"If you're not familiar with the kernel patch and
development process, here it is in a nutshell. People modify source
files to fix bugs, add or remove features, or adapt to changes in
the way the kernel handles certain tasks. They produce patch files
by using a utility called diff. diff compares the old source file
to the new one and produces a text file from the differences. You
can then distribute this text file to others, who can use it to
patch their source code with the utility called (what else?) patch.
Incidentally, the tradition for using patch to produce kernel
patch files is to add the command line switches -urN, which tells
diff to use the unified output format (which is what everyone on
the kernel development team uses), recurse through directories, and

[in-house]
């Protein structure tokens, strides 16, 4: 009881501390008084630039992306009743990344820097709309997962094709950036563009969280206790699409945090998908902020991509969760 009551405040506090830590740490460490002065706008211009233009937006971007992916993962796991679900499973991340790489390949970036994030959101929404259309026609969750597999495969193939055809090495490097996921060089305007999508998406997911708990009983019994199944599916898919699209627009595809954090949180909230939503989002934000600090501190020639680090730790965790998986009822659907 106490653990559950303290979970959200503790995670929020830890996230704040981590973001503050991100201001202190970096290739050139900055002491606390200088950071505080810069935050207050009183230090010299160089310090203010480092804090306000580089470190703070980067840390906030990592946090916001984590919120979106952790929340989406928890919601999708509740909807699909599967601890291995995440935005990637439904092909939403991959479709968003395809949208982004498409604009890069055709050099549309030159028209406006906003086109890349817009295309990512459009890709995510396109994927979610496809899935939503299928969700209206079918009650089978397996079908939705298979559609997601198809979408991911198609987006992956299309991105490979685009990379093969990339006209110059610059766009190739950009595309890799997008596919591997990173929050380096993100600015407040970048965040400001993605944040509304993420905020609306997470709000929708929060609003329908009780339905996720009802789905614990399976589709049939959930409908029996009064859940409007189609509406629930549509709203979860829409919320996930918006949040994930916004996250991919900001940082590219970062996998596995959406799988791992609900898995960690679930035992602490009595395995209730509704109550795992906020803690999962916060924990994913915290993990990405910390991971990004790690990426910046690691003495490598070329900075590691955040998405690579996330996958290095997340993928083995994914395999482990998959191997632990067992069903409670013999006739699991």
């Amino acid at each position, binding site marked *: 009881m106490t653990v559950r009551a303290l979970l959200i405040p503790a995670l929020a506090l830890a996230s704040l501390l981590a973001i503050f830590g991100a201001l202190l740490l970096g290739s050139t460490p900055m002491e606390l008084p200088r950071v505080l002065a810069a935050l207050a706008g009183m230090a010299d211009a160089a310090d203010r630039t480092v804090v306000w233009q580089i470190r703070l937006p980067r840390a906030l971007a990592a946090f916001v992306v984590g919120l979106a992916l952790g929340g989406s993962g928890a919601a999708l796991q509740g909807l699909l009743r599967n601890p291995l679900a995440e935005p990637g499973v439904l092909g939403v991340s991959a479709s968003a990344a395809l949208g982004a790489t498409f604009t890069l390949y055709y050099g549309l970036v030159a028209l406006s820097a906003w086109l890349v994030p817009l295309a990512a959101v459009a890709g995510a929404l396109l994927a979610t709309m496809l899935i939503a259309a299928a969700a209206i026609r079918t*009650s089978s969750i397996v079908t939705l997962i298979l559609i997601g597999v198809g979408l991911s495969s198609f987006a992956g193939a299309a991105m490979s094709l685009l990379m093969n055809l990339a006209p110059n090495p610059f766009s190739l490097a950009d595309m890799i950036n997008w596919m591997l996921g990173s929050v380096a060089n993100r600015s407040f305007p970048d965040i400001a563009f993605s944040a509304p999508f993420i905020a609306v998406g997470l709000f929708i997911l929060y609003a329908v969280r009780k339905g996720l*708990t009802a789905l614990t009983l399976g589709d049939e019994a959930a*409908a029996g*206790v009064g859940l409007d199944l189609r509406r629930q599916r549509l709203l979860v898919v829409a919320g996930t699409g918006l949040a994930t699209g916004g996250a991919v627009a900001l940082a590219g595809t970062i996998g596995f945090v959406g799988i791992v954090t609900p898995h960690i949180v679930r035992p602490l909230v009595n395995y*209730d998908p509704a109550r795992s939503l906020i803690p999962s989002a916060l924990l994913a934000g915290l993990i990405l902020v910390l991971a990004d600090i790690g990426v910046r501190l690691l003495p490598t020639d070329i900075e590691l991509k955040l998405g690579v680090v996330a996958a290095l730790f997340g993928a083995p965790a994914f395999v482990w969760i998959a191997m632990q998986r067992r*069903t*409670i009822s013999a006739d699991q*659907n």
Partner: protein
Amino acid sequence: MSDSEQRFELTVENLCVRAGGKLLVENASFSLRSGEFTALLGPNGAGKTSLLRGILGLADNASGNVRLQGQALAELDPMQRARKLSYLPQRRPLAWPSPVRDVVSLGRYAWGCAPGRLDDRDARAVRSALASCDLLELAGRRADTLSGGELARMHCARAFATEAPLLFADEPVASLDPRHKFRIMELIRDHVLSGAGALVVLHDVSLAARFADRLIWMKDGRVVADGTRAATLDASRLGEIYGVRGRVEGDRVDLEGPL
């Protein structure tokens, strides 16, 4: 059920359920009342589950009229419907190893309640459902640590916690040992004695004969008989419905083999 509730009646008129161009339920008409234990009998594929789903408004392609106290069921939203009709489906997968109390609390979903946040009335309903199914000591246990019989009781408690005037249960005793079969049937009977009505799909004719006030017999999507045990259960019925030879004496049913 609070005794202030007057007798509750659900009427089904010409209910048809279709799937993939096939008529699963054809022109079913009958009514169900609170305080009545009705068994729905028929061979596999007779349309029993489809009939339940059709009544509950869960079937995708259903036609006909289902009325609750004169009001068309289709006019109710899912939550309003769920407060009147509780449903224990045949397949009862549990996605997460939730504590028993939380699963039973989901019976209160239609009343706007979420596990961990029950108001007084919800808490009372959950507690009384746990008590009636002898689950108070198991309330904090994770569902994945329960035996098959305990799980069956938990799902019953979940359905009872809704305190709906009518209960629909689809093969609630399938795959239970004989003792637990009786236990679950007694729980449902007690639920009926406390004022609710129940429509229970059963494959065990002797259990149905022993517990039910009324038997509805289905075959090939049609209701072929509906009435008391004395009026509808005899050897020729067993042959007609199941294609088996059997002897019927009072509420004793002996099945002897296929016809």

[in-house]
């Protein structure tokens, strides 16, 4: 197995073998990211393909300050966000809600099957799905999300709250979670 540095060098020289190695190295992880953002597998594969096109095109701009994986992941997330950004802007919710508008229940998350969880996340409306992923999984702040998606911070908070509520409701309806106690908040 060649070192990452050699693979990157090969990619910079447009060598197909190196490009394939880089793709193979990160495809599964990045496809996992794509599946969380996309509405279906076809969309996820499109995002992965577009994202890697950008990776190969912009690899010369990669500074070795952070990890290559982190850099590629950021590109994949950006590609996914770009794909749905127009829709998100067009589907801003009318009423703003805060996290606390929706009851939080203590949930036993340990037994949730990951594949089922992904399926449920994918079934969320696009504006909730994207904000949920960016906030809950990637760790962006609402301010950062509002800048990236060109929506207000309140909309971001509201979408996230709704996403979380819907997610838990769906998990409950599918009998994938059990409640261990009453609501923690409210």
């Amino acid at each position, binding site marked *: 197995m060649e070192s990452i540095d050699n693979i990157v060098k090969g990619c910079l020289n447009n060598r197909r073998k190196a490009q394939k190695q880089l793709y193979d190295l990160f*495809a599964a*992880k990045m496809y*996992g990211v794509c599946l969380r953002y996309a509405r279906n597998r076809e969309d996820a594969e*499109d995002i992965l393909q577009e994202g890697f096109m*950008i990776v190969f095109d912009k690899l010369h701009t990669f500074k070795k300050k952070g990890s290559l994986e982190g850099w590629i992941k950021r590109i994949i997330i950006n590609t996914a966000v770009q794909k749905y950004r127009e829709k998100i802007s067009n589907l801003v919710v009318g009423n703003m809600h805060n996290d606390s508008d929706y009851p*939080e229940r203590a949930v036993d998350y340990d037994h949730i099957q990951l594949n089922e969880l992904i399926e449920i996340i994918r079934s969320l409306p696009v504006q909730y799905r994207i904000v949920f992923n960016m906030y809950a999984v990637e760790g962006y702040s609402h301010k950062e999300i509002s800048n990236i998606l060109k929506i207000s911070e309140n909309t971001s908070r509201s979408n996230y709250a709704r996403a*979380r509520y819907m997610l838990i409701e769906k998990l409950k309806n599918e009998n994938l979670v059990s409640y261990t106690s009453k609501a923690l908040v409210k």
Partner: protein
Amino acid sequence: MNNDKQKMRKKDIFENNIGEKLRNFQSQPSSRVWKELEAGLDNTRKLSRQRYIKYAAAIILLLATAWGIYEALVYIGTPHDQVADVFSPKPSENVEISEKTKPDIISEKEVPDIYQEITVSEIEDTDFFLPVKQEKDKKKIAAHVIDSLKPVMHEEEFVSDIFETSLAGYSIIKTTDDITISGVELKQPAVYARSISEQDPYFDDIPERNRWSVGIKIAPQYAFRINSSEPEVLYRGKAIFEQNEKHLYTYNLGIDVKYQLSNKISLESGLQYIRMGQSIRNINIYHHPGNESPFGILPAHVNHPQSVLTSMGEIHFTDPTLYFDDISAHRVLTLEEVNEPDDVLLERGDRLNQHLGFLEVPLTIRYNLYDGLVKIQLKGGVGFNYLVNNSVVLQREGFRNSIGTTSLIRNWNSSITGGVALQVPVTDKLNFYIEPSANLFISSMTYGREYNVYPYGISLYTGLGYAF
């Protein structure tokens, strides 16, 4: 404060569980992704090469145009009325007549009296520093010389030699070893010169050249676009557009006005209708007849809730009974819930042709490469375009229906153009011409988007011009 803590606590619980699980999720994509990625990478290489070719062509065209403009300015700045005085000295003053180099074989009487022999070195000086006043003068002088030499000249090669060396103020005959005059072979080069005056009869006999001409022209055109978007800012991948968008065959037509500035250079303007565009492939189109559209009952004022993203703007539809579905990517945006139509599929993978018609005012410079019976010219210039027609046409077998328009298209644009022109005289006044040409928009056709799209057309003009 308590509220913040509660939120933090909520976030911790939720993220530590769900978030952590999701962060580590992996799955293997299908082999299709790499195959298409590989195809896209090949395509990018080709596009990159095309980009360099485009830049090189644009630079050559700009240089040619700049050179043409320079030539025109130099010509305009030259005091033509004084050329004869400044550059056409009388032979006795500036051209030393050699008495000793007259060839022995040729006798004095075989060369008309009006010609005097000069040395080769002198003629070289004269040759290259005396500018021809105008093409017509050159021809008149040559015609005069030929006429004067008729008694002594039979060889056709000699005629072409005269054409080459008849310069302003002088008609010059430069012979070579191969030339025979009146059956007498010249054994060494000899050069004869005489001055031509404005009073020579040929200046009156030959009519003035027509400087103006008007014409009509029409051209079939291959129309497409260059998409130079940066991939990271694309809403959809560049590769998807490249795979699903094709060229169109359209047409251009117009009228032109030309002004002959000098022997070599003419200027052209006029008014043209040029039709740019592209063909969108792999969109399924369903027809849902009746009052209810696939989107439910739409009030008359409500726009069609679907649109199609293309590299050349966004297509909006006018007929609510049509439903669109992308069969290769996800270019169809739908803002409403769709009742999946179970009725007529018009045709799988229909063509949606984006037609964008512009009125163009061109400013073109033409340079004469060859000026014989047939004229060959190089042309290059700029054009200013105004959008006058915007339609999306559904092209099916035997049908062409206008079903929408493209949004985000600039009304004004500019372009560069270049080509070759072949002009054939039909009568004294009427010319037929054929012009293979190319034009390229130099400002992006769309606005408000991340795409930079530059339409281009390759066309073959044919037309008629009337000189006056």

keep track of new files that appear in one branch but not another.
The full command would be diff -Nru.
Until recently, kernel developers submitted their patch files by
including them within the body of an email message. Then they sent
the message to one or more kernel maintainers and/or the kernel
development mailing list. I'm not quite sure how the patch
submission process will change now that Linus Torvalds and others
are using the Bitkeeper Web-based source management system, but it
looks like they'll still rely largely on the diff"